Some other items that were not tested but can be expected to produce high EMF emissions include motorized equipment, electrical appliances, inside airplane cabins, near floorboard of cars, power lines, and electrical blankets. Some sources are seemingly unavoidable. But the more you can reduce your constant exposure, the better your health!

And without further adieu ...

- Smart phones
Not detected: <1 in
Danger Zone: on contact
Max: >5 mG on contact and in use; med to high spikes on establishing call

- Laptop computer
Not detected: 1 ft
Danger Zone: 2 in
Max: >100 mG on contact

- AC wall adapters
Not detected: 2 ft
Danger Zone: 1 ft
Max: >100 mG at 6 in

- 42" flat screen LCD TV
Not detected: 1 ft
Danger Zone: 3 in
Max: 8 mG on contact

- Microwave
Not detected: 1.5 ft
Danger Zone: 6 in (not in use)
Max: >100 mG at 2.5 ft

- Blender
Not detected: 5 ft
Danger Zone: 3 ft
Max: >100 mG at 2 ft

- Electrical box
Not detected: 9 ft
Danger Zone: 3.5 ft
Max: >100 mG at 1 ft

- Alarm clock
Not detected: 1 ft
Danger Zone: 9 in
Max: >100 mG at 3 in

July 23, 2011


We as humans see patterns in our heredity; susceptibilities in our bodies; and expect that at a future time, we'll have to confront the ailments that we fear. We feel vulnerable and helpless to weaknesses in our genes. But what if you were told it's not quite that simple? What if you were empowered with the knowledge to alter your genes in a way that enables you to fight the onset of obesity, cancer, tumors, and other diseases?

Genetics is, of course, the study of genes. Epigenetics is a relatively new field of research. It's the science of gene expression, or things that influence the turning on and off genes. Think of it as a layer that sits on top of our genes. With its discovery, it became evident that there is more to our genetic blueprint than genes itself. What scientists have learned is that through exercise, environment, and certain foods, we actually have the ability to alter our gene expression. For example, eating specific foods can literally turn on the genes that fight cancer. Similarly, there are carcinogens which can have the opposite effect. Sugar and unhealthy fats have a negative influence on our genes. Interestingly, it is possible to pass on epigenetic traits to our children - a concept known as epigenetic inheritance.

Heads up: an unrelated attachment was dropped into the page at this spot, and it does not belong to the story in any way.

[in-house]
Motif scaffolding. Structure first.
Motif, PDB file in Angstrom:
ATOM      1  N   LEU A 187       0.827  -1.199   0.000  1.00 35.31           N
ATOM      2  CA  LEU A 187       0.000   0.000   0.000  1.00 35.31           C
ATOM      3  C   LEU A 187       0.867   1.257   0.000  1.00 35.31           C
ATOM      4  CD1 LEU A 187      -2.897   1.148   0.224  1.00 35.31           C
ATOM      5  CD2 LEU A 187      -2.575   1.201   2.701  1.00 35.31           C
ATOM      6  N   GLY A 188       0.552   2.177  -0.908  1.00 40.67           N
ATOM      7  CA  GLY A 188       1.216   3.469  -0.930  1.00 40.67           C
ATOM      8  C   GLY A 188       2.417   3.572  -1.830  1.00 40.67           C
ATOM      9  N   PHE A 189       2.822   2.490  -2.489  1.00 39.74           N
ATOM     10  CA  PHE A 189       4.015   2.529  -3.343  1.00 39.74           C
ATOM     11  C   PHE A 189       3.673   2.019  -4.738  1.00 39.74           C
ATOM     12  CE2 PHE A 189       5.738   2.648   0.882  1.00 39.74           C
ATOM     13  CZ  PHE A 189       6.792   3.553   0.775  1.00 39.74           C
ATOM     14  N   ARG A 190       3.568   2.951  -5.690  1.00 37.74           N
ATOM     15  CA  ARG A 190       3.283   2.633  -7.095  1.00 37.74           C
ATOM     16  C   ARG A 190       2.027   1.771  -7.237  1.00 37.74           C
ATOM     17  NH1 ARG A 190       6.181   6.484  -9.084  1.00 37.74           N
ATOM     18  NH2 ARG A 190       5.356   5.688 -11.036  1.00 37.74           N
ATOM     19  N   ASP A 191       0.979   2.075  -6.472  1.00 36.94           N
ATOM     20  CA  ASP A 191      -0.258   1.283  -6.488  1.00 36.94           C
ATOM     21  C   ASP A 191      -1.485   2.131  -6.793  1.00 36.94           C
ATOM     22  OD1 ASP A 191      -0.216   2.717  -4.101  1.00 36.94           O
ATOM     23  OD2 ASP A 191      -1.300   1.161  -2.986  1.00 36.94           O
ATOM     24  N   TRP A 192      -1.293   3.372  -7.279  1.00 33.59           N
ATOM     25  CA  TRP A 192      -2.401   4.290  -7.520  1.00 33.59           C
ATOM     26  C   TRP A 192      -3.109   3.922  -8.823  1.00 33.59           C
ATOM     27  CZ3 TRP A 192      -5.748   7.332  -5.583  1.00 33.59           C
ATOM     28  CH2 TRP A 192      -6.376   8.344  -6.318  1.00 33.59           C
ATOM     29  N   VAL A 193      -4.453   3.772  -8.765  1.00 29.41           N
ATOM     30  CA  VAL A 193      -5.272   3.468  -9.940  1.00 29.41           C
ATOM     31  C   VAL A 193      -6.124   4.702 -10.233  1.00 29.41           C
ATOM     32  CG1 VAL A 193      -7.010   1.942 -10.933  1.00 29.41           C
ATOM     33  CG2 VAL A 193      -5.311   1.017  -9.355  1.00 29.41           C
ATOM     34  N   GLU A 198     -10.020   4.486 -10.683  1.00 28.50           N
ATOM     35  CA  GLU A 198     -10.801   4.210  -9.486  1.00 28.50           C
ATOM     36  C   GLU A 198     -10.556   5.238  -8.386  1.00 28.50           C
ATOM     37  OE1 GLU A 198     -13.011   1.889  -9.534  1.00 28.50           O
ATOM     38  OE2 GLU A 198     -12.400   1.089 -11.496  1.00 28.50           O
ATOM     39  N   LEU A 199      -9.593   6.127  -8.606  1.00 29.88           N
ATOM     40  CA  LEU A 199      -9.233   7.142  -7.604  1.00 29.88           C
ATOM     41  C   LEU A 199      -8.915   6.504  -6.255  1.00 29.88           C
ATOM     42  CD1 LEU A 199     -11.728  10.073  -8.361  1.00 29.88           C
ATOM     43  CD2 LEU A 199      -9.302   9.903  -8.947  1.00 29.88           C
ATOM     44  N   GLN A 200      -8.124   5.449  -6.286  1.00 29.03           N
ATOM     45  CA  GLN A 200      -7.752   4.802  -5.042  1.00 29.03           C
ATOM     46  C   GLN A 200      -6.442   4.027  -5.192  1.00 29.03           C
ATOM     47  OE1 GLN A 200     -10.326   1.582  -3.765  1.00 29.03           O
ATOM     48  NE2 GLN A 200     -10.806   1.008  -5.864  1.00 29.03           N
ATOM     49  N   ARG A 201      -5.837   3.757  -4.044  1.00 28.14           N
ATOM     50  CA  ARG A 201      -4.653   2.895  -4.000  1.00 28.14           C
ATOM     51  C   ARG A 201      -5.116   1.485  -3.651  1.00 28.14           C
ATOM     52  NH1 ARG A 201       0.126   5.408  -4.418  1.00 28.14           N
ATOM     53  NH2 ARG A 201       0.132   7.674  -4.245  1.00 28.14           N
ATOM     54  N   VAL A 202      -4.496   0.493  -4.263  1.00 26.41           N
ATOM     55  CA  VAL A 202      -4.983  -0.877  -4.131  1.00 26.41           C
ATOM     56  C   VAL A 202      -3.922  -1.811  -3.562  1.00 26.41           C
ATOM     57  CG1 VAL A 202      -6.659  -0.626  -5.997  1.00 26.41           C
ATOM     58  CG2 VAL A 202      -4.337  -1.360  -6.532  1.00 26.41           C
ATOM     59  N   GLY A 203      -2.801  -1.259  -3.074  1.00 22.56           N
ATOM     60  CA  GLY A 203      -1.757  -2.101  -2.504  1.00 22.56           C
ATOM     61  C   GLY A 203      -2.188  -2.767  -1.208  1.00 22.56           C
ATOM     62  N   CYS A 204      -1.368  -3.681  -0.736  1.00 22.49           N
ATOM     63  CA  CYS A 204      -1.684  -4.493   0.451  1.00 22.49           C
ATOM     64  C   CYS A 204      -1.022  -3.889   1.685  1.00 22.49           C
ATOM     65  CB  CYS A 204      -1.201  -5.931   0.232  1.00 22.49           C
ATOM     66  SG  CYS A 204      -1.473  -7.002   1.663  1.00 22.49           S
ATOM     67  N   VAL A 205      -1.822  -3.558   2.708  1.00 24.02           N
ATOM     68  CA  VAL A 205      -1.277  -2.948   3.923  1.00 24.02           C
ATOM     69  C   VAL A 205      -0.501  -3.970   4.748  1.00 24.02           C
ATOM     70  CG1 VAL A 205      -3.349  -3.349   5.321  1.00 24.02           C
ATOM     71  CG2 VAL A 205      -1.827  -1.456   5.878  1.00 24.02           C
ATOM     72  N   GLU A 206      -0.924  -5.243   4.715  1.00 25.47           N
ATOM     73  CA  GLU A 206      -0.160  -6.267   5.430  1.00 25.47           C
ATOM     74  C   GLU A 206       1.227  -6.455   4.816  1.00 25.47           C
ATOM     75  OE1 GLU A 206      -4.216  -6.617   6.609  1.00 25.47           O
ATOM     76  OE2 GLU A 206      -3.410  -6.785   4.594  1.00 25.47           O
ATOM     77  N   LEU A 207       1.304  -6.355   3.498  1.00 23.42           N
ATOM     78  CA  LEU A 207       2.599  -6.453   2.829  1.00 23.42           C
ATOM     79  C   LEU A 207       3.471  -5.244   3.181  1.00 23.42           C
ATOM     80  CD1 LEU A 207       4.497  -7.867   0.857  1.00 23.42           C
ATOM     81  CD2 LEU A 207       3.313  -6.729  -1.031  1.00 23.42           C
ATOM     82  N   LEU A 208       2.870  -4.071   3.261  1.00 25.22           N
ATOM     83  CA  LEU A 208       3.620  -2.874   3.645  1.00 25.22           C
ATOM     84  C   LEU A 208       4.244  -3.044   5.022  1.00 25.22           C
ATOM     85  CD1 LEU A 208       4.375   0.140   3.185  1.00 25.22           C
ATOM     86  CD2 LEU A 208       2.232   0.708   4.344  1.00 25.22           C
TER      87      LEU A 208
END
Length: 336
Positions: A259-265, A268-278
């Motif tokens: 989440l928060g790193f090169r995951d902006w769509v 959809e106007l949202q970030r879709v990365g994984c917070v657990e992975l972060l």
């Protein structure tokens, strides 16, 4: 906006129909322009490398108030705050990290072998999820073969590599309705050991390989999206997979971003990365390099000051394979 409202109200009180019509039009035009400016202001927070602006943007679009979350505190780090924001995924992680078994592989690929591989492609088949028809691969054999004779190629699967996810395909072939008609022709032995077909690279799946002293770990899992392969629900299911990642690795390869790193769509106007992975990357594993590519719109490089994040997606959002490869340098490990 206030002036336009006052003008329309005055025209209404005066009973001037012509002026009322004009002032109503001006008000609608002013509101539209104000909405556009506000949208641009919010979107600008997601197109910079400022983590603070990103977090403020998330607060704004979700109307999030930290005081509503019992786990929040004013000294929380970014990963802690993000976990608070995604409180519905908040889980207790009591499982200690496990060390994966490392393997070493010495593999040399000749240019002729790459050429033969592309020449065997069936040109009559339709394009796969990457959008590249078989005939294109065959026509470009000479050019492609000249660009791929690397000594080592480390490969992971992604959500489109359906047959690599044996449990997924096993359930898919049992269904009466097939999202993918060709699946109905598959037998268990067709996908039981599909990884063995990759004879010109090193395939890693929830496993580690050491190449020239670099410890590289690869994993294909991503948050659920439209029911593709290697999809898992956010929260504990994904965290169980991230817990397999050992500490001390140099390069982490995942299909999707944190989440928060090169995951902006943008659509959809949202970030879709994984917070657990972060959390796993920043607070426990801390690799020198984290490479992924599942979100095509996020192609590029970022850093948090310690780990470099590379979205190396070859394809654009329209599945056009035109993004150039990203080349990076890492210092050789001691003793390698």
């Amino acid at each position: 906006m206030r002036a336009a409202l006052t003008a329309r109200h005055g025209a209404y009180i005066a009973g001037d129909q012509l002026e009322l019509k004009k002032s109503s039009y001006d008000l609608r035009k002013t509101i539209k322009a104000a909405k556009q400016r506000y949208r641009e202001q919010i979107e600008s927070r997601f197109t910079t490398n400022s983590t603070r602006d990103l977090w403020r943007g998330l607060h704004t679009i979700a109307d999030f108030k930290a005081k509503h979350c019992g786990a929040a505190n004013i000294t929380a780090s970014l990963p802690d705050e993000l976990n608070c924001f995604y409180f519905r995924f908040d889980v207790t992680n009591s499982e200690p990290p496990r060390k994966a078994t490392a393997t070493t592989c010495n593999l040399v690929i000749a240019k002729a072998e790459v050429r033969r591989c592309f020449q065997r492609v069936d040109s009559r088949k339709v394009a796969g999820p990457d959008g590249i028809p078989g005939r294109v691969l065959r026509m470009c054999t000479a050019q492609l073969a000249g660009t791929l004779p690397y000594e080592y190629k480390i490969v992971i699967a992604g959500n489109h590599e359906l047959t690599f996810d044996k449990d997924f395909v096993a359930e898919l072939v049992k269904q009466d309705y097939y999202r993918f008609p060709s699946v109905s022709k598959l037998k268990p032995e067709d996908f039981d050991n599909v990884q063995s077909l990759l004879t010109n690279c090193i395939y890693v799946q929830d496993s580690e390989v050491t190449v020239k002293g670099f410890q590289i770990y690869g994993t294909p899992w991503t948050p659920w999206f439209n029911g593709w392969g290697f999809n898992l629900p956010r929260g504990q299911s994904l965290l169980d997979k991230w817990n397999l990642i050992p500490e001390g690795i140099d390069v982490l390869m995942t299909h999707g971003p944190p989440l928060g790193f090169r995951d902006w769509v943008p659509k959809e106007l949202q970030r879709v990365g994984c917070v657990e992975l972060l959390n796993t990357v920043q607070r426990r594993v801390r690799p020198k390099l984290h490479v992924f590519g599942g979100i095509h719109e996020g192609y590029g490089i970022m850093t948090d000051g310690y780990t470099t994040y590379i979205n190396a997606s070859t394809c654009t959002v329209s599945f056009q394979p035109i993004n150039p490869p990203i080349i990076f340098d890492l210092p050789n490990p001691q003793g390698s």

Below is a list of some food sources that deliver positive epigenetic effects. Not surprisingly, most of them also appear in the Superfoods section of our website.
- Any foods rich in B vitamins
- Garlic
- High fiber foods
- Black/ green tea
- Broccoli
- Resveratrol (found in grapes, red wine)
- Blueberries
- Fisetin (found in strawberries)
- Curcumin (found in curry)
- Quercetin (found in apples, onions, tea, berries)
- Butyrate (found in butter)

The role of epigenetics is strong. There are limits to where it applies, but it can override our hard genes in profound ways. This is your ticket to fighting weight gain, prostate cancer, and breast cancer. Incorporate these foods into your everyday diet, as well as a good exercise routine. If you can do this while limiting the opposing effects of carcinogens and sugar, your body will thank you for it!

January 10, 2011

Cold & Flu: Part 2

Always in the pursuit of better immune boosters, I have emerged on the tail end of winter practically unscathed from the cold season. It might be luck, but there is strong science behind what is possibly my first cold-free winter. This post is meant to supplement my original posting on cold & flu.

The Flu
If you're weary of the flu vaccine like myself, natural remedies are the place to turn. A vaccine shouldn't give you the the same ill feeling as the malady it's meant to fight. However, too many people suffer from the vaccine (just my personal observation).

Elderberry extract remains on top for natural flu fighters. It won't prevent you from catching it, but it will speed up recovery.

There is also a homeopathic remedy gaining in popularity called Oscillococcinum. Adding this to the mix should get you over the flu in no time.

The Common Cold
For colds, I propose a long-term and short-term fix. What I'm getting at is vitamin D supplementation throughout the winter months, and oil of oregano at the first sign of a cold.

There have been many studies lately focusing on the crucial role of vitamin D. Supplementing with Vitamin D is good for building up your general immunity. The research shows that if you live north of the southern tip of the U.S., your skin is probably not producing enough D most of the year. Winter is particularly bad, because most people stay inside - causing a further drop in their body's vitamin D stores. The answer is supplementing with vitamin D3. I recommend working with a doctor to watch your levels of D, but the average person is probably safe to take 1,000 IUs/day. I personally take 2,000. Here's a great article by Harvard Medical School on the topic ... http://www.health.harvard.edu/newsweek/time-for-more-vitamin-d.htm